2013 The new Toyota Corolla DPL: Driving performance
- Increased use of high tensile steel for a lighter, more rigid bodyshell to promote improved ride comfort and vehicle agility
- Revised front MacPherson and rear torsion beam suspension for improved ride comfort and enhanced steering response
- Optimised, more rigid Electric Power Steering (EPS) system for reduced vibration and enhanced response
The new Corolla has been engineered to offer customers a more enjoyable and involving driving experience.
As previously highlighted, the Corolla features a longer wheelbase, a lower centre of gravity through an overall reduction in height, improved aerodynamic performance for greater high speed stability, a lower, more engaging driving position and a new Multidrive S CVT gearbox incorporating a sport-mode.
The new Corolla further benefits from a lighter, yet more rigid body structure, revised suspension and a more direct steering response.
Lighter, High Rigidity Bodyshell
The increased use of high tensile steel throughout the body structure has allowed for the adoption of a lighter metal in several areas, its increased strength offering a weight saving of some 5.7 kg per vehicle with no detriment to overall rigidity.
Overall bodyshell rigidity has been enhanced through an increase in the number of body spot-welds, a coupling of the front suspension spring supports with a straight-shaped cowl front, an improvement to lateral rigidity within the underbody, and an increase in structural rigidity around the back panel.
These measures combine to contribute to both excellent ride comfort and improved response to steering inputs for greater agility.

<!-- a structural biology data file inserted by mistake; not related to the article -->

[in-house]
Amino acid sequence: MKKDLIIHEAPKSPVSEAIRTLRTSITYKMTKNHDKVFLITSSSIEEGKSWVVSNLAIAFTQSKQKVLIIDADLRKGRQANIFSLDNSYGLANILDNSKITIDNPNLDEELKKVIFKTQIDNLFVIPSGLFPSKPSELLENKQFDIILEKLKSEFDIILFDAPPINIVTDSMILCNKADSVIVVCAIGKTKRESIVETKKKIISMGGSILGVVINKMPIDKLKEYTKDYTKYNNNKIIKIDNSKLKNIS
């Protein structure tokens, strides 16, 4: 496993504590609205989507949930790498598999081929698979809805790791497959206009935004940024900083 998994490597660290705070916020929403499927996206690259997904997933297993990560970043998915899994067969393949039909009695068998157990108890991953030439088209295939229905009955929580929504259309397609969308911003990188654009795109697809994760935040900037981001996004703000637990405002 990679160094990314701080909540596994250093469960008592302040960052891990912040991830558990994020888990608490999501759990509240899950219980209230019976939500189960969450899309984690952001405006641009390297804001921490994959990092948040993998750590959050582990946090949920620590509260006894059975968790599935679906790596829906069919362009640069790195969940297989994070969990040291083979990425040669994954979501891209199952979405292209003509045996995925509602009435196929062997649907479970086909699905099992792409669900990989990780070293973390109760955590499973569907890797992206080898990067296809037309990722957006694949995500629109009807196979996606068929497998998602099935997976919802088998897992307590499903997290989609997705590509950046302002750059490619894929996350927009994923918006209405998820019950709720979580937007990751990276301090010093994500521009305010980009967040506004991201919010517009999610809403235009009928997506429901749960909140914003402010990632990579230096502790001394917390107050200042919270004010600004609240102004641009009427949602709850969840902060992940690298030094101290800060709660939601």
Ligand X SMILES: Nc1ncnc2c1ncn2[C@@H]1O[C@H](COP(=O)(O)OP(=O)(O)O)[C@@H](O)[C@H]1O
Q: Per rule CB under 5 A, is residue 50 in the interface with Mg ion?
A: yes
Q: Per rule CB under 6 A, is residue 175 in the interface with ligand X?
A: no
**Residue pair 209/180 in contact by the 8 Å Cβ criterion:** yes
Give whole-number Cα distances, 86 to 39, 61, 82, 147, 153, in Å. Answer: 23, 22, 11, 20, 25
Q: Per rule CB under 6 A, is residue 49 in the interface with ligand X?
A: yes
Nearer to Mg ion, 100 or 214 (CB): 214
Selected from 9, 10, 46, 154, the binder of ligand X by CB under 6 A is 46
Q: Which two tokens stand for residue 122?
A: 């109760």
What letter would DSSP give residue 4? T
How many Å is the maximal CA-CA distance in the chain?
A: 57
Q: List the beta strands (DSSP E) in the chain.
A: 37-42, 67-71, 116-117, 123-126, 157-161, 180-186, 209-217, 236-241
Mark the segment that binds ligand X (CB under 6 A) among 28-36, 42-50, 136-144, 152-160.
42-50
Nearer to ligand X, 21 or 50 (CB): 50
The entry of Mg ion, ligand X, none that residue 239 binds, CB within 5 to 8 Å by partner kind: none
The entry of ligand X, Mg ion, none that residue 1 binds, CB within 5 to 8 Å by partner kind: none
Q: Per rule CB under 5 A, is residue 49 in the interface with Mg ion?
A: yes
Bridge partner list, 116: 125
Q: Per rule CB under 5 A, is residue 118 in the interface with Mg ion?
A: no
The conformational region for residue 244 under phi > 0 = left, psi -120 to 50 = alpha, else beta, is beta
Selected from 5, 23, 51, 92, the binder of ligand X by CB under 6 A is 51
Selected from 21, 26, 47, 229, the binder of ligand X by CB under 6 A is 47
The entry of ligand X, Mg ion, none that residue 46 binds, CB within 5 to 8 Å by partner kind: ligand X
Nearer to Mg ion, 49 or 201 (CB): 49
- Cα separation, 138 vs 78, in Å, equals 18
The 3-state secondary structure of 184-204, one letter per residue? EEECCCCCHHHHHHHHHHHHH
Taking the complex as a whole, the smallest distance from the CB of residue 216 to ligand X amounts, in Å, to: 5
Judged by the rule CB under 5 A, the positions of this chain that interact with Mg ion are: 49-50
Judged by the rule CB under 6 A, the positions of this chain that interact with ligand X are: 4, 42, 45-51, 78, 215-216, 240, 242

The new Corolla shares the proven front MacPherson strut and rear torsion beam suspension systems of its predecessor. Significant revisions to both front and rear systems promote improved ride comfort combined with greater agility.
A newly developed front strut features a larger, 35 mm diameter shock absorber cylinder, with damping force tuned to optimise stability and ride comfort. The length of the urethane bound stopper has been reduced to accommodate the strut within the lower vehicle height, and a solid input type upper support has been adopted to reduce high frequency vibration and enhance steering response.
The coil springs feature a pigtail structure at either end for a compact, lightweight installation. Coil spring reaction force is controlled by adopting a lateral force reduction spring, and suspension friction has been lowered by reducing the bending force on the shock absorbers.
A reduction in the rotational force on the strut bearings achieves a light and responsive steering feel. And an increase in bodyshell stiffness has allowed for a reduction in the coil spring rate, enhancing ride comfort with no detriment to steering response and handling agility.
Featuring independently located coil springs and dampers to minimise loadspace intrusion, the lightweight rear torsion beam suspension also benefits from solid input type upper supports, urethane bound stoppers and pigtail coil springs. A reduced spring rate and retuned dampers further improve ride comfort, stability and response to steering inputs.
Sharper Electric Power Steering (EPS) Response
In conjunction with a lowered column angle designed to offer drivers a more involving driving experience, the new Corolla's EPS system has been revised. The power steering gear specification has been optimised and its rigidity enhanced to give a sharper steering response and smooth, linear operation.
System rigidity has been improved through structural changes to the intermediate shaft and the rigid attachment of the steering gear box to the suspension member, creating a more direct, linear steering feel. A revised upper column support further reduces unnecessary vibration.
The system now features an integrated ECU with a new control logic to improve steering feel, and the ratio of the steering gear itself has been lowered from 15.9 to 14.6 making it 8% faster than its predecessor to promote a sharper response to steering inputs.